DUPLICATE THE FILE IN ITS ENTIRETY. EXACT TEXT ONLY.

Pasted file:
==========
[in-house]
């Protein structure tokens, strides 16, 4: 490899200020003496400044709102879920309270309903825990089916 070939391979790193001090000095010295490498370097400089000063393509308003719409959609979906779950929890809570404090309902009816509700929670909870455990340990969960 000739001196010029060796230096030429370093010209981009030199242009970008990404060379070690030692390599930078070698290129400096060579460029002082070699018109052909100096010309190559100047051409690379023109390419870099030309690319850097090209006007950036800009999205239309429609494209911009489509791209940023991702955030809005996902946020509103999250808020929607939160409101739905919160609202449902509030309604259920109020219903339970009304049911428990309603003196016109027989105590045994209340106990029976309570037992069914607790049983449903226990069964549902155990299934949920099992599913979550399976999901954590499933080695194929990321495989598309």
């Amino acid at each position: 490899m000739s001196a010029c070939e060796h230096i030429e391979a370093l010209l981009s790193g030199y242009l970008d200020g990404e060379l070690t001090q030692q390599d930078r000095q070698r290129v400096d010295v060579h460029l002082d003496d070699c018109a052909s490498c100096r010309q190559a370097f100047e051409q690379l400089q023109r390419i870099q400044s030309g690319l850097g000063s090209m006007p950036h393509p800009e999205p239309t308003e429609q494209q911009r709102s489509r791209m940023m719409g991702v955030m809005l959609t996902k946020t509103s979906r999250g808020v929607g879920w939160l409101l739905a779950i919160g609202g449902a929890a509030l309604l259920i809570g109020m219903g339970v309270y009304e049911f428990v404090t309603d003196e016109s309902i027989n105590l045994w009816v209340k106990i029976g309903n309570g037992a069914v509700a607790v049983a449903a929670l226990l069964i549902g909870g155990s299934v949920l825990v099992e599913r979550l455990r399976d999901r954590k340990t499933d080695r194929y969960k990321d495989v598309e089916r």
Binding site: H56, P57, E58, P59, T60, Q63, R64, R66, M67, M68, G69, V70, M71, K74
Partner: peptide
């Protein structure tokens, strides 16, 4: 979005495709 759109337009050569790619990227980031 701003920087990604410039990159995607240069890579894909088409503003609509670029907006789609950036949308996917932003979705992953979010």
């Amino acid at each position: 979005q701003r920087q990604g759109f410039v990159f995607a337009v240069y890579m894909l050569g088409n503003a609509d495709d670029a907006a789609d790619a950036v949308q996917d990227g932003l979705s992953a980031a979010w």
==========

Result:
[in-house]
């Protein structure tokens, strides 16, 4: 490899200020003496400044709102879920309270309903825990089916 070939391979790193001090000095010295490498370097400089000063393509308003719409959609979906779950929890809570404090309902009816509700929670909870455990340990969960 000739001196010029060796230096030429370093010209981009030199242009970008990404060379070690030692390599930078070698290129400096060579460029002082070699018109052909100096010309190559100047051409690379023109390419870099030309690319850097090209006007950036800009999205239309429609494209911009489509791209940023991702955030809005996902946020509103999250808020929607939160409101739905919160609202449902509030309604259920109020219903339970009304049911428990309603003196016109027989105590045994209340106990029976309570037992069914607790049983449903226990069964549902155990299934949920099992599913979550399976999901954590499933080695194929990321495989598309």
């Amino acid at each position: 490899m000739s001196a010029c070939e060796h230096i030429e391979a370093l010209l981009s790193g030199y242009l970008d200020g990404e060379l070690t001090q030692q390599d930078r000095q070698r290129v400096d010295v060579h460029l002082d003496d070699c018109a052909s490498c100096r010309q190559a370097f100047e051409q690379l400089q023109r390419i870099q400044s030309g690319l850097g000063s090209m006007p950036h393509p800009e999205p239309t308003e429609q494209q911009r709102s489509r791209m940023m719409g991702v955030m809005l959609t996902k946020t509103s979906r999250g808020v929607g879920w939160l409101l739905a779950i919160g609202g449902a929890a509030l309604l259920i809570g109020m219903g339970v309270y009304e049911f428990v404090t309603d003196e016109s309902i027989n105590l045994w009816v209340k106990i029976g309903n309570g037992a069914v509700a607790v049983a449903a929670l226990l069964i549902g909870g155990s299934v949920l825990v099992e599913r979550l455990r399976d999901r954590k340990t499933d080695r194929y969960k990321d495989v598309e089916r």
Binding site: H56, P57, E58, P59, T60, Q63, R64, R66, M67, M68, G69, V70, M71, K74
Partner: peptide
């Protein structure tokens, strides 16, 4: 979005495709 759109337009050569790619990227980031 701003920087990604410039990159995607240069890579894909088409503003609509670029907006789609950036949308996917932003979705992953979010």
């Amino acid at each position: 979005q701003r920087q990604g759109f410039v990159f995607a337009v240069y890579m894909l050569g088409n503003a609509d495709d670029a907006a789609d790619a950036v949308q996917d990227g932003l979705s992953a980031a979010w």